Language Investigation

Jo Elson

Member
I'm doing English Language for my A-levels (i know i need my head seeing to or i will after i've finished), this year i have to produce an investigation on anything to do with language, but something original.
I am having loads of trouble in finding something that i can do. A good one was comparing the language on grave stones of different religions but its been done an i don't really fancy taking pictures of peoples gravestones. Have any of you got any ideas cos they will be gratefully recieved. :D
 
Don't worry, your not the only mad one, i ended up doing English Language for A level.

some of the projects that people decided to do included:

A comparision of the language from the King James Bible and a modern day one (historical change, and language of the Church)

A comparision between different sports commentaries

Looking at the different language and approach between broadsheet and tabloid papers.

The function and use of language in advertising.

Think the list could go on forever, but this is all I could remember.
 

PeterBale

Moderator
Staff member
What about a comparison between English and American usage, and how they continue to use some forms (such as "gotten") that are no longer current over here. Plenty of source material available via newspapers, films, internet etc
 

Okiedokie of Oz

Active Member
so are you saying since leaving the monarchy, their english has "gotton" worse??? lmao....

Seriously, it's a good one. Maybe you could also look at a question some asked in here the other day, about words being used in different ways these days??
 

Keppler

Moderator
Staff member
Okie, you mean "it's only after getting worse.. "
;)
a valid language construct over here..
 

WhatSharp?

Active Member
You could do "Swear words which were frowned upon and are now very much in common usage".

or

"Text Message language, teaching kids how not to spell"
 

bruceg

Active Member
Don't know much about what's expected in A levels (I'm a product of the Scottish education system) but maybe you could investigate the crossover between actual language usage and artificial intelligence research into natural language interpretation.

There's a wealth of material available online and through contacting the universities (the University of Edinburgh has a particularly active Department of Artificial Intelligence http://www.inf.ed.ac.uk/ ).
 

Jo Elson

Member
Cheers guys you give me something to think about anyway. At least i can go to the lesson with something. If you get anymore good ideas let me know! :)
 

MoominDave

Well-Known Member
How about a comparison between Chaucer and Shakespeare? This period covers the invention of the printing press, and the subsequent beginnings of 'standard' English, which was, as I understand it, pretty much brought about by the availability of printed books - this was a time of huge flux for the English language, and there is a relatively large amount of source material about.

Or how about: (similar to Steve's suggestion) 'The evolution of English swear words through the ages'? It's intriguing how words can rise and fall in terms of profanity - who would be offended by 'Zooterkins!'? Elizabeth I might not have been too happy, for one... On the other hand, Chaucer uses the 'C word' in the Canterbury tales.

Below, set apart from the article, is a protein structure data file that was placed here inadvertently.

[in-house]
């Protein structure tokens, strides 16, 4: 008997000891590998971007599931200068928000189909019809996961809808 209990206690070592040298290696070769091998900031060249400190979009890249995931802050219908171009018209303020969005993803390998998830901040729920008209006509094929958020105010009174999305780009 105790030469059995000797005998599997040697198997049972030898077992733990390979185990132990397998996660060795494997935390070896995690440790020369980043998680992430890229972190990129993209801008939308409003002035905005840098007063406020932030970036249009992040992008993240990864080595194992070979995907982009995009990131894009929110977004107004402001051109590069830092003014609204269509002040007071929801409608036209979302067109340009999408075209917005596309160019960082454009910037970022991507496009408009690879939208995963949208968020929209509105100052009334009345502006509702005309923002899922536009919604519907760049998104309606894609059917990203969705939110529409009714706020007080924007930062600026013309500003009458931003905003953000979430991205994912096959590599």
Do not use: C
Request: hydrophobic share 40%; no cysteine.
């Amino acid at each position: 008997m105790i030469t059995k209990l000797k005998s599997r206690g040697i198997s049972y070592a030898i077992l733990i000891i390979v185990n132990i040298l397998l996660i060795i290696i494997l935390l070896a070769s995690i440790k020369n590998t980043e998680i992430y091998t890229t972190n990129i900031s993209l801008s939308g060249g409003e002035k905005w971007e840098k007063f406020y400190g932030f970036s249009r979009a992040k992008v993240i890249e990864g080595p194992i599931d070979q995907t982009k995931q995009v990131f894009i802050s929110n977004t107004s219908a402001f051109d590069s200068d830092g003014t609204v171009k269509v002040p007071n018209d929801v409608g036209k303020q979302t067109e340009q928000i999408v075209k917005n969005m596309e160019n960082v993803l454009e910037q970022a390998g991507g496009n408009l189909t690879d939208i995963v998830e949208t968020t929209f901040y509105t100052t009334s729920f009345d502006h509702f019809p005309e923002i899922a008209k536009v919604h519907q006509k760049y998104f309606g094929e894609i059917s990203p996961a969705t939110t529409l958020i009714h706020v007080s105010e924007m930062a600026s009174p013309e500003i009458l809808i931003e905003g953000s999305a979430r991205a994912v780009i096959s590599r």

On this and related subjects, I can wholeheartedly recommend Bill Bryson's 'Mother Tongue' (ISBN 0-140-14305-X) - it's very informative and readable, and also mercifully non-academic.

Dave
 
Language Acquisition is always a good one. Very difficult to get through ethics though as often involves working with children. If you like children it's a really interesting area and there are loads of theories and material for you to use.
 

Jo Elson

Member
Kari Anson said:
Language Acquisition is always a good one. Very difficult to get through ethics though as often involves working with children. If you like children it's a really interesting area and there are loads of theories and material for you to use.
Yeah. The only problem with that is that you have to tape them and therefore have to have their parents consent to do it and they have to understand what you're doing too, which makes the data slightly unrealistic. And the exam board said they're fed up with this cos so many people do it.
 

bruceg

Active Member
MoominDave said:
On this and related subjects, I can wholeheartedly recommend Bill Bryson's 'Mother Tongue' (ISBN 0-140-14305-X) - it's very informative and readable, and also mercifully non-academic.

Dave
An excellent read even if you don't decide to use it as a reference for your eventual chosen subject.
 
Jo Elson said:
Kari Anson said:
Language Acquisition is always a good one. Very difficult to get through ethics though as often involves working with children. If you like children it's a really interesting area and there are loads of theories and material for you to use.
Yeah. The only problem with that is that you have to tape them and therefore have to have their parents consent to do it and they have to understand what you're doing too, which makes the data slightly unrealistic. And the exam board said they're fed up with this cos so many people do it.
I got an A in this section of my A-Level English Language coursework - which was done on language acquisition. Perhaps after reading mine they thought that no-one else quite met my standards so started to get sick of it then 1998! :wink:
I actually find it thoroughly interesting and even have progressed this interest into degree level - for my second year psychology project I'm doing "Do better readers make better communicators" and am doing this amongst 6-7 year olds testing their reading ability and language ability and examining any correlations ans regression.
 
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